While you can do this at any time, simply noticing what you perceive with your senses (for example, I now hear the birds chirping outside), helps to get out into nature. When I am walking through a beautiful landscape or lying on my surfboard in the ocean, I can be moved by the richness of the simplicity that surrounds me. Nature puts things in perspective and connects me to the bigger picture. I also literally ask the waves to wash off all unhelpful ballast from me so that my true nature can emerge. A ritual that I have applied since the early stage of my burnout and that works effectively.

‘ The beach is a place where we can just be and it is when we reach this state of being that we can find who we truly are. When we come to this source we can activate the magic within us and connect fully with the power of the natural world.’ Sandra Kynes

4. Be aware of your connection to the bigger picture

In nature everything is interconnected, just look at how the position of the moon affects the tides of the sea; or how a storm in the middle of the ocean creates waves on the coast.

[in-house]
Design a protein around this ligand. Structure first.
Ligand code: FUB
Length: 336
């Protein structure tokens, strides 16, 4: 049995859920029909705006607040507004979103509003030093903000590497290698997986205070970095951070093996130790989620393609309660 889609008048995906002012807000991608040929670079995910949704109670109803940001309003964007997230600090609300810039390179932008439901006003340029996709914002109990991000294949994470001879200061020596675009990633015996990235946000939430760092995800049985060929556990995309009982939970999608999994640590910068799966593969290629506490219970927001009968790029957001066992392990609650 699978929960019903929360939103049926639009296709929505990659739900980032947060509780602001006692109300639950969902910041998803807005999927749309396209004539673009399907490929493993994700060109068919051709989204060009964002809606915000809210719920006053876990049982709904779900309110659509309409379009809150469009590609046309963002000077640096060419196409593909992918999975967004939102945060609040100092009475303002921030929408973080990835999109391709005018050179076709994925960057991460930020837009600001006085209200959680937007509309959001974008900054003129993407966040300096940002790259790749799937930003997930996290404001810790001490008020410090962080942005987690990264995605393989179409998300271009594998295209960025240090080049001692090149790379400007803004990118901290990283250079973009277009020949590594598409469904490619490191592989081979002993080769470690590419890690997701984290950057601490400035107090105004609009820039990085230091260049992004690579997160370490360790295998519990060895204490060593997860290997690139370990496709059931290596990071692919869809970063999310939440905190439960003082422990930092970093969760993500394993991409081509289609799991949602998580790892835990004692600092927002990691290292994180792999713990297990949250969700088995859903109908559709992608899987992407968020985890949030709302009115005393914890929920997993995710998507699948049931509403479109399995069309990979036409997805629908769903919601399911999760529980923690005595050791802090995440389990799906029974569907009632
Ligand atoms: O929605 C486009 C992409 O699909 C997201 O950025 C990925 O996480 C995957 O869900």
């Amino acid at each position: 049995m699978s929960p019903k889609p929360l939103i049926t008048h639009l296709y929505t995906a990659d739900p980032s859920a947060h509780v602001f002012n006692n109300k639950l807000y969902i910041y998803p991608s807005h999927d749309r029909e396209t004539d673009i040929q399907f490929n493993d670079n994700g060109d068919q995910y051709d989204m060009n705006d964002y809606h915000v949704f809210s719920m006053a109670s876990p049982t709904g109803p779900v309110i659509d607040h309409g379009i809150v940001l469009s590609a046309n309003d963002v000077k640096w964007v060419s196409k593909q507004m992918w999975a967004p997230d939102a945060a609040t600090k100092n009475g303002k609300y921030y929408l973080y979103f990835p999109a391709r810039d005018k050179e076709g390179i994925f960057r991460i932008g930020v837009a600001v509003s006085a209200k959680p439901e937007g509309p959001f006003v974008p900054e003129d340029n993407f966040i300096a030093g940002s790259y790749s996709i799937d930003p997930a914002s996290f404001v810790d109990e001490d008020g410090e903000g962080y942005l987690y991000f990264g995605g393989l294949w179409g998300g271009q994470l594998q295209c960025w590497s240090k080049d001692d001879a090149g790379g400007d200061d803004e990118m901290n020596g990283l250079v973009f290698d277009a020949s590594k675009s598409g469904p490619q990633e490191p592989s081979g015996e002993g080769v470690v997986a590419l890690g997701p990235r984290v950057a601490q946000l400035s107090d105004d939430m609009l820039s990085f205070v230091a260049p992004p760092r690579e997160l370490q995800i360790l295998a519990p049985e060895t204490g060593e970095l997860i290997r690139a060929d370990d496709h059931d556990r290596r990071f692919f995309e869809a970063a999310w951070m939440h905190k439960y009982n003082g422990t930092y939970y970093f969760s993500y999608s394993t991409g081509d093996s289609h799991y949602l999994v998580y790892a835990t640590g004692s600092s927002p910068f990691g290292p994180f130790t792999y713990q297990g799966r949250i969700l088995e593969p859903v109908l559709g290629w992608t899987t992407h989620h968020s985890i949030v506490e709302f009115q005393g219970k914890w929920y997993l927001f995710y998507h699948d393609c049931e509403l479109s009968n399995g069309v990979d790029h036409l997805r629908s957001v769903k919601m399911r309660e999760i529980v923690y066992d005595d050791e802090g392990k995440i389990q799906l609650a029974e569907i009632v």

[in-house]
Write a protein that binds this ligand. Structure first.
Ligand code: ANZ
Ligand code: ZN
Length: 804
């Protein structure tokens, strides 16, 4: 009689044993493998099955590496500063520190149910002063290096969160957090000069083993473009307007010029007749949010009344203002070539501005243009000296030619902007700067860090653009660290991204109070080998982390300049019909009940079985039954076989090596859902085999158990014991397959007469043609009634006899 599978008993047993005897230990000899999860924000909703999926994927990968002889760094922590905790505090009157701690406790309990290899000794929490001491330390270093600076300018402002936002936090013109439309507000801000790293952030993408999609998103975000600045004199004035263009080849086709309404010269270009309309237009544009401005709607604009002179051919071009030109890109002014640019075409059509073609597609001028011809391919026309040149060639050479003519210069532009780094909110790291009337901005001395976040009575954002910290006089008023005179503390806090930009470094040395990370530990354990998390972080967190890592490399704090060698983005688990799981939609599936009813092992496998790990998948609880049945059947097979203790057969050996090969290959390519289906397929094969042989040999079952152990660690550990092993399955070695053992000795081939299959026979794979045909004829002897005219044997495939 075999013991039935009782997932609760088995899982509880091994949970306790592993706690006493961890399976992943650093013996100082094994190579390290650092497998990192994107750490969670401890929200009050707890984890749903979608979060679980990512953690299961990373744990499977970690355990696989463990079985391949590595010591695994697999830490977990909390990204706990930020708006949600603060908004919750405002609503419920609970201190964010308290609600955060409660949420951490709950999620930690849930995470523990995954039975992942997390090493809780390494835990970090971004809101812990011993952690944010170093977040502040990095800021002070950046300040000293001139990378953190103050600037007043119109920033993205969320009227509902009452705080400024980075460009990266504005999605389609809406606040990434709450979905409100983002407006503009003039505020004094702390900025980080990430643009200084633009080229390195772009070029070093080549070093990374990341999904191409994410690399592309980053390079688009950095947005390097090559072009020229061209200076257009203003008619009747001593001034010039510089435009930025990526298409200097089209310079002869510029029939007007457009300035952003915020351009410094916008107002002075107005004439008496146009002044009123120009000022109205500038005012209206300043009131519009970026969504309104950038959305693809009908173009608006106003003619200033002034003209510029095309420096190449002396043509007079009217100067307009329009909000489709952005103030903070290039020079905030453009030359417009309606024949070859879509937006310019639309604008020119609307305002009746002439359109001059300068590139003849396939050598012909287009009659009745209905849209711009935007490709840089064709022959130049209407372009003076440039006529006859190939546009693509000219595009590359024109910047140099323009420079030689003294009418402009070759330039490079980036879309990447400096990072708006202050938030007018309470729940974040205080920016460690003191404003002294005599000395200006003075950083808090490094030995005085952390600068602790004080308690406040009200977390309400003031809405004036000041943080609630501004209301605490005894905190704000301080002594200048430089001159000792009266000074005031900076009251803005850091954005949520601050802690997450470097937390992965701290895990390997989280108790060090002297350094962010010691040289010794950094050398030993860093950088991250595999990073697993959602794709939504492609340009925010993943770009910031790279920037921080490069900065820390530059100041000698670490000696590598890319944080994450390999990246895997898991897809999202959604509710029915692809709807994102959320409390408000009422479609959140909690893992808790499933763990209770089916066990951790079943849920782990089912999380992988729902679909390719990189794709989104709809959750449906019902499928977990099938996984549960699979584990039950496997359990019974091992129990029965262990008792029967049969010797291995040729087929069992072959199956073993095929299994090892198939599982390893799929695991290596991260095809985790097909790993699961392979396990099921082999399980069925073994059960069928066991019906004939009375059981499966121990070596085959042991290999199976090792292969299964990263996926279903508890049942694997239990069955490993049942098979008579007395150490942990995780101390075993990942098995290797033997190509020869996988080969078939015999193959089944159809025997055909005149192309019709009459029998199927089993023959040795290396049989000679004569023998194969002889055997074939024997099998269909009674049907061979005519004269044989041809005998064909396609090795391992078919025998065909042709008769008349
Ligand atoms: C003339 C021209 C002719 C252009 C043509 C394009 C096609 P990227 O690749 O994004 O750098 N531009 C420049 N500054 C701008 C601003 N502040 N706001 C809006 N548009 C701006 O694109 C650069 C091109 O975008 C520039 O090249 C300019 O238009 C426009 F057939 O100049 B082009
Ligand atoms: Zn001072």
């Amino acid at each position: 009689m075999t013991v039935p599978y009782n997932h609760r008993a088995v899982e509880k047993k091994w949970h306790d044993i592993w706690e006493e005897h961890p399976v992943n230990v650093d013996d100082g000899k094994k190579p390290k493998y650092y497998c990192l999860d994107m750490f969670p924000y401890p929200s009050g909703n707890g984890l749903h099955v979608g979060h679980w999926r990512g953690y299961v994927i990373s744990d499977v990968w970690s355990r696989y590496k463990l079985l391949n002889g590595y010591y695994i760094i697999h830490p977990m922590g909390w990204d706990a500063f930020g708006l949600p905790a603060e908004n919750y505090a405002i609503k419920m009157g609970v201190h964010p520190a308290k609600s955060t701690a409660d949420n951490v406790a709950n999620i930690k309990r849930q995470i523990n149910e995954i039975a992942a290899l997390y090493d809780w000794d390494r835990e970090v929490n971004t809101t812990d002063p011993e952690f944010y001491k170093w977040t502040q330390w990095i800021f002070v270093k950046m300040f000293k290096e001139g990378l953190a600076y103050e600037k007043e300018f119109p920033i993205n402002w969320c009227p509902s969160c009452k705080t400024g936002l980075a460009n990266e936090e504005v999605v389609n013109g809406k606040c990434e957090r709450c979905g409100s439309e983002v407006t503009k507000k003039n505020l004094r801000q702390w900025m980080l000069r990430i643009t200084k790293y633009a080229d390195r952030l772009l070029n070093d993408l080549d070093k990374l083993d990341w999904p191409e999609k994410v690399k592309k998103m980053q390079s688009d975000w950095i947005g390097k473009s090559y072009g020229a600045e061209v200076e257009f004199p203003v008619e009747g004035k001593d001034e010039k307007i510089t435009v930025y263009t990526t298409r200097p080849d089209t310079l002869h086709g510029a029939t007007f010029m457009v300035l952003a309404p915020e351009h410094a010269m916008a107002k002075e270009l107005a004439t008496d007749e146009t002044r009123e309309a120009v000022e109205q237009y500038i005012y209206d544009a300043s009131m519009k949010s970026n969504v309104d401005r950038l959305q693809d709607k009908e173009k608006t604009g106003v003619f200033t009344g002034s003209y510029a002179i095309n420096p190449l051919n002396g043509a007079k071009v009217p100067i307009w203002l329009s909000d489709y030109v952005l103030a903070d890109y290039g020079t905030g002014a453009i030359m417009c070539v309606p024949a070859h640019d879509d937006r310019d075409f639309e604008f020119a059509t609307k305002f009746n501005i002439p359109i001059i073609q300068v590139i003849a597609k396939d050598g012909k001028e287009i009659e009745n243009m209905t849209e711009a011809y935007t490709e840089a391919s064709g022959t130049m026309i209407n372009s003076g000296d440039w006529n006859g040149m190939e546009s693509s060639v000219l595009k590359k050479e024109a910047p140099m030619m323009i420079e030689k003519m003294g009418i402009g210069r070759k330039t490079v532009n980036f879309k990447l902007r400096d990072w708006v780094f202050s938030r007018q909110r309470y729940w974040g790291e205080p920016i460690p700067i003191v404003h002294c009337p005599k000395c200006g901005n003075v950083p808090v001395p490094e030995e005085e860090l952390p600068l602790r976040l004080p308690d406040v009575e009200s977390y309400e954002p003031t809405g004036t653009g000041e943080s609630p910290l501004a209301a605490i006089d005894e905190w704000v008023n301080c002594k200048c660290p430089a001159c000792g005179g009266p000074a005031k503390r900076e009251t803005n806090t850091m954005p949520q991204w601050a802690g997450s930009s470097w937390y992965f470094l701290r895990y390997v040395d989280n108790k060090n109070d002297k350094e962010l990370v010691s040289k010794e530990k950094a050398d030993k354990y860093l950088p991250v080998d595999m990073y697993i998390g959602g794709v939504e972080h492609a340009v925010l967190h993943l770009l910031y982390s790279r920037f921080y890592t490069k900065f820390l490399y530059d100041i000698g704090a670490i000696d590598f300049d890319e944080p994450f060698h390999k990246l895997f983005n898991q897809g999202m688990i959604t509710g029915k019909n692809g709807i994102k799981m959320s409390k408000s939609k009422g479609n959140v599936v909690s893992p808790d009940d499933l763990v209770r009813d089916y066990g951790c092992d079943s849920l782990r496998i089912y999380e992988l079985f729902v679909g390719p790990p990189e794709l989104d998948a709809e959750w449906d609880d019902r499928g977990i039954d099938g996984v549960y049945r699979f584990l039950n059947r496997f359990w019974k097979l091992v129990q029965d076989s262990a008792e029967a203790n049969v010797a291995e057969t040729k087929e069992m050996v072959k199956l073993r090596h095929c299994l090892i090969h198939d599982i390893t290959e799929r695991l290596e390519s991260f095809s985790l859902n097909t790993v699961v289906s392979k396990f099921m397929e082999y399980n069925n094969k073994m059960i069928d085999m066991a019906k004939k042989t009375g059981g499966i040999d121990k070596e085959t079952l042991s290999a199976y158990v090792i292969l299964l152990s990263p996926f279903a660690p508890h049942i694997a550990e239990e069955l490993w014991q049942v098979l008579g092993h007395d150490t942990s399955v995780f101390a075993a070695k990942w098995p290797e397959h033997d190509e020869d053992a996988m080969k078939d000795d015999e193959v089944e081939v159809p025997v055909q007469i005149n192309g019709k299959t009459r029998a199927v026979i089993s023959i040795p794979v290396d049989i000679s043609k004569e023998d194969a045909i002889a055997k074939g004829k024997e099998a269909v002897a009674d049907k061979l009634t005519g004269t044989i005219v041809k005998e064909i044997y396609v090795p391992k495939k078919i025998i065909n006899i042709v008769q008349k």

When you realize that everything consists of energy, including ourselves, and that we live in a field of energy, you realize at the same time that we also create a ripple effect with our actions. Simply because of the vibrations and intentions we emit.

Life lessons from nature: reconnect with yourself after a burnout

Unfortunately, we still live far too often in a mindset of separation. Caused by our thinking ego and fueled by our fear-oriented society. Imagine if the waves were living from their egos, not realizing that they are inextricably linked to the ocean. They would constantly compare and judge themselves against the other waves. They would fear the ebb when the tide is in, and despair and wail for missing the tide when the tide is out. And they would stay on the surface and try to do everything on their own, working against nature. Does this ring a bell?

5. Don’t forget your true nature

Anyone who has flown before knows that there is always a radiant sky above the clouds. Heaven does not identify itself with clouds or weather conditions because it is aware of its origin at all times. The clouds and weather conditions can be compared to the thoughts, emotions, opinions, physical complaints, and/or victim stories. We identify ourselves with this, but these things do not represent who we essentially are.

Heaven does not forget its true nature, unfortunately, we humans do, we go through life en masse while sleeping. Fortunately, burnout gives you the impetus to wake up. And once you’re awake, there’s no going back.